Will Porsche enter Formula 1 mid-decade, when the new engine regulations are finalised? Its parent Volkswagen Group stands on the precipice and has been openly engaged in talks, but it has yet to confirm one of its brands – most likely Porsche or Audi – will take the plunge into grand prix racing. But there’s a sense that ‘yes’ is more likely than ‘no’ right now for one of them.
Specifically for Porsche, there are other questions: if Wolfsburg chooses to push the big button, would it enter as a powertrain partner with Red Bull Racing? That would make more sense than starting from scratch, at least from a competitive point of view – although what’s the true value if the car isn’t painted in Porsche colours? Then again, should Porsche bother with F1 at all? No other form of racing comes anywhere close in terms of global appeal – certainly not Formula E or the World Endurance Championship (WEC). But in the face of real-world challenges, should a high-profile F1 campaign really be a priority, even with synthetic e-fuels and sensible budget caps?
Sure, Dan Gurney won the 1962 French Grand Prix in a little silver Porsche, and Niki Lauda and Alain Prost scored a hat-trick of F1 titles in the mid-1980s driving McLarens with Weissach’s turbo V6 engines (albeit bearing TAG badges). But is Porsche really an F1 company? It fits at Le Mans – of course it does. But it has never really been at home in F1. Perhaps it’s time for that to change.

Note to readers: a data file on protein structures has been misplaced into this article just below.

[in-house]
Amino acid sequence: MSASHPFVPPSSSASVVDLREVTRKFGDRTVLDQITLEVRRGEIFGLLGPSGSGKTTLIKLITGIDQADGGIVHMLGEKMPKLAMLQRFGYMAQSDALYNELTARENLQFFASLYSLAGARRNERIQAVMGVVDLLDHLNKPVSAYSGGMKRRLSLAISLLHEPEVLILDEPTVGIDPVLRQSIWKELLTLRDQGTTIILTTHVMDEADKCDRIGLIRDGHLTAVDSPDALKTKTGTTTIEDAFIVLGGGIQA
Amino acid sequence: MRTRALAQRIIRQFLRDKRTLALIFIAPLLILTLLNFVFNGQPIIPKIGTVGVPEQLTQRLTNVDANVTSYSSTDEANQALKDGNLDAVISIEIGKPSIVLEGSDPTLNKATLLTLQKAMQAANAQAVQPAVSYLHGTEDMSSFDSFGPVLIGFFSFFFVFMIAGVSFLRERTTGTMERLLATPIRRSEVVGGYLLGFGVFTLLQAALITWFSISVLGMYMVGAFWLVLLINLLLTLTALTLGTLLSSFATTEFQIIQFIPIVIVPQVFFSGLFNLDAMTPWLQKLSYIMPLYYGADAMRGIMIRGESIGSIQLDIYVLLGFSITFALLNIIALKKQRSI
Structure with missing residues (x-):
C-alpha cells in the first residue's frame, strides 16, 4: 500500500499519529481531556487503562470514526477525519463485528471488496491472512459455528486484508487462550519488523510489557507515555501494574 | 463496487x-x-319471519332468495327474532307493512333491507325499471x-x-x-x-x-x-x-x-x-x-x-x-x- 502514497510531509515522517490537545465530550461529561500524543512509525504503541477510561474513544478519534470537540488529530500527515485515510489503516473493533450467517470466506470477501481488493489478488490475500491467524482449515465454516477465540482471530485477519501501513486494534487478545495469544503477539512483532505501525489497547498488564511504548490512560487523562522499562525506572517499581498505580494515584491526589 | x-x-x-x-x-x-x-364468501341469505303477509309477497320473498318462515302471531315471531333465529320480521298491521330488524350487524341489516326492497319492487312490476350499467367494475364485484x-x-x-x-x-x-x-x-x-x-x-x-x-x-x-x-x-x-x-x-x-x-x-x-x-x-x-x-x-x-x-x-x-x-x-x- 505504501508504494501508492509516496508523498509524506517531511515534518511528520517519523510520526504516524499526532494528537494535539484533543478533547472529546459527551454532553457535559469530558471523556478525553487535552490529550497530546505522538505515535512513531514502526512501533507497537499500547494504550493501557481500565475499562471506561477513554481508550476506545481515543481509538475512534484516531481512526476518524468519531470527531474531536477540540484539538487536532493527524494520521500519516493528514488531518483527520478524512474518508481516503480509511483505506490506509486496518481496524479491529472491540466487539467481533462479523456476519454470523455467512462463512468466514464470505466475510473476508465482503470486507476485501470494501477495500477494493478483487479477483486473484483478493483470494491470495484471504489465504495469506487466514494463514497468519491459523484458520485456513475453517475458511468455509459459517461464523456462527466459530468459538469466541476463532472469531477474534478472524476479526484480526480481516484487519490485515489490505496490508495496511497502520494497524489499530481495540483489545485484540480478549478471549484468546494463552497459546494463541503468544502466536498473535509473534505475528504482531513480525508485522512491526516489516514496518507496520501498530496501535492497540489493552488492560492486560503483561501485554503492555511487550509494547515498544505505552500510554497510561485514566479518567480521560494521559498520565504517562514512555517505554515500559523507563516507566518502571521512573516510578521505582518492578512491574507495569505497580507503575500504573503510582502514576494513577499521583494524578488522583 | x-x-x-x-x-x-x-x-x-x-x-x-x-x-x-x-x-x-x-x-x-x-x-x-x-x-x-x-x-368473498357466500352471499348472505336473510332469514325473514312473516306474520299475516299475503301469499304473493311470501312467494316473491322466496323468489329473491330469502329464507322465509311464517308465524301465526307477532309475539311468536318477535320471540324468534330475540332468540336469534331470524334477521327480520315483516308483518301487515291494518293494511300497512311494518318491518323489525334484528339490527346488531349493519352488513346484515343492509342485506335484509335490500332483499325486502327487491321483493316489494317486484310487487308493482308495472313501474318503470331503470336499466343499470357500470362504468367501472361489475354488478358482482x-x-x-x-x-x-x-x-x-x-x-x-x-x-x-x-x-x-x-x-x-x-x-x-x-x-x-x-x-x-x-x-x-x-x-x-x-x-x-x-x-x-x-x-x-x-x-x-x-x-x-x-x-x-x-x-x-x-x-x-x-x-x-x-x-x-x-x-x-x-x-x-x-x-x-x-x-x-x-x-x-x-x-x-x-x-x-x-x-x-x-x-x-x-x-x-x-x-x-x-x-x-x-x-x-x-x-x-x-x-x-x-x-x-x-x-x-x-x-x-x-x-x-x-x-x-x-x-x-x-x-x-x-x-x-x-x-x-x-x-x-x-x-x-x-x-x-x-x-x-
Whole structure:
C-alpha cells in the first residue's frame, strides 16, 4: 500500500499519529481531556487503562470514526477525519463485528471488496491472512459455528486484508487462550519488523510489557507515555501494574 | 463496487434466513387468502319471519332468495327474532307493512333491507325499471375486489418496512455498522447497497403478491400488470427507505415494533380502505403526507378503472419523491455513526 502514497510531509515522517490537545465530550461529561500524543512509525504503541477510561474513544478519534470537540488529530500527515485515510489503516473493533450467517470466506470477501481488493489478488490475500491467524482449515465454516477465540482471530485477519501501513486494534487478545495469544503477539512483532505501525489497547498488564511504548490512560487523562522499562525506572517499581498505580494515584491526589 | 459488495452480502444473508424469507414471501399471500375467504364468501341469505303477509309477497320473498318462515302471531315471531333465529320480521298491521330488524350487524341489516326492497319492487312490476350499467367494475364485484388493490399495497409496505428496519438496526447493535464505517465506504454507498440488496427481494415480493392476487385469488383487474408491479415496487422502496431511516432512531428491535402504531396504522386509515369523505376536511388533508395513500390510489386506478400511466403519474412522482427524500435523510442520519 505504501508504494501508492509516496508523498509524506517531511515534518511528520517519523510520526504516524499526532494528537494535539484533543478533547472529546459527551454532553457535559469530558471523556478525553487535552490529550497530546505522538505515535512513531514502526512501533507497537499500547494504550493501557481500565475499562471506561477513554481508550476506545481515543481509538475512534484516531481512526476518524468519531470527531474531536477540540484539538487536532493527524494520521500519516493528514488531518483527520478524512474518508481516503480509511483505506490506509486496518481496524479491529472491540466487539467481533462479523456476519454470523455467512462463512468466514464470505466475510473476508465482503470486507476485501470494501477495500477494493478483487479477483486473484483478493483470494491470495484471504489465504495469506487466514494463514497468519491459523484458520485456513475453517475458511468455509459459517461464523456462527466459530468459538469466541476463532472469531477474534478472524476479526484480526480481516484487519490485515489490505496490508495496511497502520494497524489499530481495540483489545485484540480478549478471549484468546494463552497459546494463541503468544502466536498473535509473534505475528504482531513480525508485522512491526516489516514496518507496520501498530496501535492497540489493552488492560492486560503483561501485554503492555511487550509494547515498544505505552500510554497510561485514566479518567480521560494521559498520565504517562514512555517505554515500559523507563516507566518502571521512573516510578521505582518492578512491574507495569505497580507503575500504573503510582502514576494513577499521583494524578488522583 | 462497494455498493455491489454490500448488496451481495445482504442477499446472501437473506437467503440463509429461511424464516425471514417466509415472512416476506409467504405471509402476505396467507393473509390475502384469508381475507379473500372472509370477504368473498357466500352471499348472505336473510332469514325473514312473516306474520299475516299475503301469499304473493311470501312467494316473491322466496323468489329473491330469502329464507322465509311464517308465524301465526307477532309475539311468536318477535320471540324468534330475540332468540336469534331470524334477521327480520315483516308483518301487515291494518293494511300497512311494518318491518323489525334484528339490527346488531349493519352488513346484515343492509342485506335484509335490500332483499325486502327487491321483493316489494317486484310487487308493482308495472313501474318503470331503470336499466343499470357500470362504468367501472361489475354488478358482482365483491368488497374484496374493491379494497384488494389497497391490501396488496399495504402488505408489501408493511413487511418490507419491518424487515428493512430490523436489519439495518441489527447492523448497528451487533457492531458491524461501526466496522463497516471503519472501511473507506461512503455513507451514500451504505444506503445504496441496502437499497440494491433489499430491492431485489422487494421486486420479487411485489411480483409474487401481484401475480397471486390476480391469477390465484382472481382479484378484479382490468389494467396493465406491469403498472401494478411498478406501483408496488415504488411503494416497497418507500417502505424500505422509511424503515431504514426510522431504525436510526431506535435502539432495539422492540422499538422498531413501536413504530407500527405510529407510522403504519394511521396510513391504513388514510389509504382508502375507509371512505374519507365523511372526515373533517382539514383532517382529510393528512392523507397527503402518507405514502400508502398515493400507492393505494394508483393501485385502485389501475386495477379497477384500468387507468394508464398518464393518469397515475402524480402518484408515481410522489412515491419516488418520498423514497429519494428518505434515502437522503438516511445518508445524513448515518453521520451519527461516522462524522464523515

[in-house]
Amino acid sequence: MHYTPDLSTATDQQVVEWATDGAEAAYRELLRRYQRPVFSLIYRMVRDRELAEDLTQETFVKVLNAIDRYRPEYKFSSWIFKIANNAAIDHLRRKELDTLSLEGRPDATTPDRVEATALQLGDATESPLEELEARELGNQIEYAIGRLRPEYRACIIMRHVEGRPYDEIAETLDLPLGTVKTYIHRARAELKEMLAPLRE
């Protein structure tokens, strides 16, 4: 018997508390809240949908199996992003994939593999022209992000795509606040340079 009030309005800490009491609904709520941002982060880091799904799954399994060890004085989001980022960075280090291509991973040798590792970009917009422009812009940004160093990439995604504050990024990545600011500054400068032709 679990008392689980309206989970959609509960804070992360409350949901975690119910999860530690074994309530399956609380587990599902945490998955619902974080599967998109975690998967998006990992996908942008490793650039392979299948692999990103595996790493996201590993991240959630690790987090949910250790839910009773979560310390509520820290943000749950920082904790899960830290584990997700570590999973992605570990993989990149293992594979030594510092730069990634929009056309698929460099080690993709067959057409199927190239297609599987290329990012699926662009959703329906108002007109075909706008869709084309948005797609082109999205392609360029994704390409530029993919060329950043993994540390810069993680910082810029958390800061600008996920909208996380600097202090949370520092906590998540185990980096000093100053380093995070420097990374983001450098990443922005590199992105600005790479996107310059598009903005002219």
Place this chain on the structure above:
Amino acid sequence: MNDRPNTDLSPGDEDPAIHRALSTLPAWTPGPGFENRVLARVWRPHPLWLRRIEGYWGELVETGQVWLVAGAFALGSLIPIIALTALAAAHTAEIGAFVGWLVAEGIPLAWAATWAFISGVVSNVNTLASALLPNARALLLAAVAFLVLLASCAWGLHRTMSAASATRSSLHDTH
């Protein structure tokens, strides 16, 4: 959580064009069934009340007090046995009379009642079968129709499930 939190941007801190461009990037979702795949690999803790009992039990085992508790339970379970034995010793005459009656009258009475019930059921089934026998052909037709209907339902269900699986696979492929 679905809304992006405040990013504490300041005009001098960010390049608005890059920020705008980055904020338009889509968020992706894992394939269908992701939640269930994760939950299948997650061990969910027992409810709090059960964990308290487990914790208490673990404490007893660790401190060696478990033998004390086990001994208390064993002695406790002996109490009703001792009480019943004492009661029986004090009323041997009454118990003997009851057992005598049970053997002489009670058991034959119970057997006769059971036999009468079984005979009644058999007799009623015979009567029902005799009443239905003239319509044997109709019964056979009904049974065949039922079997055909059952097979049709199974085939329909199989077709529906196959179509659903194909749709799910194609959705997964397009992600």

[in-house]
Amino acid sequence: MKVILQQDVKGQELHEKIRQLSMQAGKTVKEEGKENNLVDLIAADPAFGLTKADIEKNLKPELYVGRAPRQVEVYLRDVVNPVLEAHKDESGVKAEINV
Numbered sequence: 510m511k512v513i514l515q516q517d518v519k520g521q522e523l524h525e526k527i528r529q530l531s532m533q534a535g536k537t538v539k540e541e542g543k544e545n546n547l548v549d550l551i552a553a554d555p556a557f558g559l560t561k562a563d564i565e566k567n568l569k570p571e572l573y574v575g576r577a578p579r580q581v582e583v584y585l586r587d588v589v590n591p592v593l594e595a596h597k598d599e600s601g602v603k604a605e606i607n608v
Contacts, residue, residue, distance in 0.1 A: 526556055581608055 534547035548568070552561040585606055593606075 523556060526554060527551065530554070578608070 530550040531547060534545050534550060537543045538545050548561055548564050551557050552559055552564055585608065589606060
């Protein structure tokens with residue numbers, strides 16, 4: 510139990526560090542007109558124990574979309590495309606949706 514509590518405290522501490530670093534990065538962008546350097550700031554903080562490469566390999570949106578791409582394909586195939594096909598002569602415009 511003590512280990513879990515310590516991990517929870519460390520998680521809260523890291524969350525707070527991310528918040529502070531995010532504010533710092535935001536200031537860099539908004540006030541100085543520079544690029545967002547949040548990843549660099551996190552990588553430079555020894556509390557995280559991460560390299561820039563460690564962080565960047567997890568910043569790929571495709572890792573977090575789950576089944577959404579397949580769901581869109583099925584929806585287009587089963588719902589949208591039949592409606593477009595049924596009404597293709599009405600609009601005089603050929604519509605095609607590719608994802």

So many questions, so many possibilities. It’s a good time, then, to speak to Porsche Motorsport’s new boss, Thomas Laudenbach.
F1 call must be made soon
“I can’t answer this question,” Laudenbach says when we ask whether Porsche will be entering F1. Not a great start. But he proves an affable sports boss and soon expands on that closed answer: “It’s not a secret that we’re thinking about it. We’re seriously considering it, but there’s no decision yet.